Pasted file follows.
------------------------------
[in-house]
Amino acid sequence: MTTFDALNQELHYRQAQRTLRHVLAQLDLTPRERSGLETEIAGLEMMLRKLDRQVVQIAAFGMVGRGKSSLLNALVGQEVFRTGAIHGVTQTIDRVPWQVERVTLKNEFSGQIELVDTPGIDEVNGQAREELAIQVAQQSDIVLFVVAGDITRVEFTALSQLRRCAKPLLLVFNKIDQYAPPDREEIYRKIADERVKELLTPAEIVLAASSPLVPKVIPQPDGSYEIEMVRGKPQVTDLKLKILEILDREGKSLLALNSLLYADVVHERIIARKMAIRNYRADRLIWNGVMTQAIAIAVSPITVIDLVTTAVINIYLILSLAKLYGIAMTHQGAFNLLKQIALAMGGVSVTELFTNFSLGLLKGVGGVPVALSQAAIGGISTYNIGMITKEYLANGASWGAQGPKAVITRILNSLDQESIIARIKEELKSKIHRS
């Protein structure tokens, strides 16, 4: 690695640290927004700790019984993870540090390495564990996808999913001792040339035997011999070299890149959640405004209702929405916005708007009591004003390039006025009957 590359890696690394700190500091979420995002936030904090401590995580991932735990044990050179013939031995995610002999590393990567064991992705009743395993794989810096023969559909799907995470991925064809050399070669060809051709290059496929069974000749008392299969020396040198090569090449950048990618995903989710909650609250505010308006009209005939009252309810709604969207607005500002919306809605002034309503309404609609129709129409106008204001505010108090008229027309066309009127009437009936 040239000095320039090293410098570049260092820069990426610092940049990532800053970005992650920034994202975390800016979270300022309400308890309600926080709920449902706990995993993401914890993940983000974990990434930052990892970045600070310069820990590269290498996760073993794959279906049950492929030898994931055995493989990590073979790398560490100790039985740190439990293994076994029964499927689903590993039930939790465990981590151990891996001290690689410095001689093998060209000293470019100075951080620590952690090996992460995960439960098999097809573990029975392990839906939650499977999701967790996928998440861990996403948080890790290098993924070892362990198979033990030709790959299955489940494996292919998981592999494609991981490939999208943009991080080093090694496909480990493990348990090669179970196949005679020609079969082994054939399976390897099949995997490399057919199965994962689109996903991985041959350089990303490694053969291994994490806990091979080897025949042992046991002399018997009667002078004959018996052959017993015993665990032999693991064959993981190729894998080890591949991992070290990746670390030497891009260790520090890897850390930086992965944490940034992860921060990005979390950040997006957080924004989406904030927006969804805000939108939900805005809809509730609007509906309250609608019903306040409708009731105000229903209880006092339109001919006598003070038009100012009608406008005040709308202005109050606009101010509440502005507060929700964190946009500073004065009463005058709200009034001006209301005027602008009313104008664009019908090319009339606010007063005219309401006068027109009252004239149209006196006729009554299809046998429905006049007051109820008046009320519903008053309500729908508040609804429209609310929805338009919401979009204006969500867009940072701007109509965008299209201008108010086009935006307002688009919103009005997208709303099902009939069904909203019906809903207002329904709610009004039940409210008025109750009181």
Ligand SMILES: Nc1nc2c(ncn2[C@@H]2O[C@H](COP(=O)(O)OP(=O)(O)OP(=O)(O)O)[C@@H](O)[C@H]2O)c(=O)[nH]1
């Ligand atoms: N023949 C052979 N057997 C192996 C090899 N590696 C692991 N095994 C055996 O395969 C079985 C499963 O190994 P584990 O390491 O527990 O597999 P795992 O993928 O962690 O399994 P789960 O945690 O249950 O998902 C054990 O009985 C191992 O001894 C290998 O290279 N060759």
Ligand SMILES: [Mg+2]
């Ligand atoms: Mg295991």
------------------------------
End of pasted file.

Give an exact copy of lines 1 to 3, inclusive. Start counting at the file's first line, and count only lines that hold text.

[in-house]
Amino acid sequence: MTTFDALNQELHYRQAQRTLRHVLAQLDLTPRERSGLETEIAGLEMMLRKLDRQVVQIAAFGMVGRGKSSLLNALVGQEVFRTGAIHGVTQTIDRVPWQVERVTLKNEFSGQIELVDTPGIDEVNGQAREELAIQVAQQSDIVLFVVAGDITRVEFTALSQLRRCAKPLLLVFNKIDQYAPPDREEIYRKIADERVKELLTPAEIVLAASSPLVPKVIPQPDGSYEIEMVRGKPQVTDLKLKILEILDREGKSLLALNSLLYADVVHERIIARKMAIRNYRADRLIWNGVMTQAIAIAVSPITVIDLVTTAVINIYLILSLAKLYGIAMTHQGAFNLLKQIALAMGGVSVTELFTNFSLGLLKGVGGVPVALSQAAIGGISTYNIGMITKEYLANGASWGAQGPKAVITRILNSLDQESIIARIKEELKSKIHRS
């Protein structure tokens, strides 16, 4: 690695640290927004700790019984993870540090390495564990996808999913001792040339035997011999070299890149959640405004209702929405916005708007009591004003390039006025009957 590359890696690394700190500091979420995002936030904090401590995580991932735990044990050179013939031995995610002999590393990567064991992705009743395993794989810096023969559909799907995470991925064809050399070669060809051709290059496929069974000749008392299969020396040198090569090449950048990618995903989710909650609250505010308006009209005939009252309810709604969207607005500002919306809605002034309503309404609609129709129409106008204001505010108090008229027309066309009127009437009936 040239000095320039090293410098570049260092820069990426610092940049990532800053970005992650920034994202975390800016979270300022309400308890309600926080709920449902706990995993993401914890993940983000974990990434930052990892970045600070310069820990590269290498996760073993794959279906049950492929030898994931055995493989990590073979790398560490100790039985740190439990293994076994029964499927689903590993039930939790465990981590151990891996001290690689410095001689093998060209000293470019100075951080620590952690090996992460995960439960098999097809573990029975392990839906939650499977999701967790996928998440861990996403948080890790290098993924070892362990198979033990030709790959299955489940494996292919998981592999494609991981490939999208943009991080080093090694496909480990493990348990090669179970196949005679020609079969082994054939399976390897099949995997490399057919199965994962689109996903991985041959350089990303490694053969291994994490806990091979080897025949042992046991002399018997009667002078004959018996052959017993015993665990032999693991064959993981190729894998080890591949991992070290990746670390030497891009260790520090890897850390930086992965944490940034992860921060990005979390950040997006957080924004989406904030927006969804805000939108939900805005809809509730609007509906309250609608019903306040409708009731105000229903209880006092339109001919006598003070038009100012009608406008005040709308202005109050606009101010509440502005507060929700964190946009500073004065009463005058709200009034001006209301005027602008009313104008664009019908090319009339606010007063005219309401006068027109009252004239149209006196006729009554299809046998429905006049007051109820008046009320519903008053309500729908508040609804429209609310929805338009919401979009204006969500867009940072701007109509965008299209201008108010086009935006307002688009919103009005997208709303099902009939069904909203019906809903207002329904709610009004039940409210008025109750009181």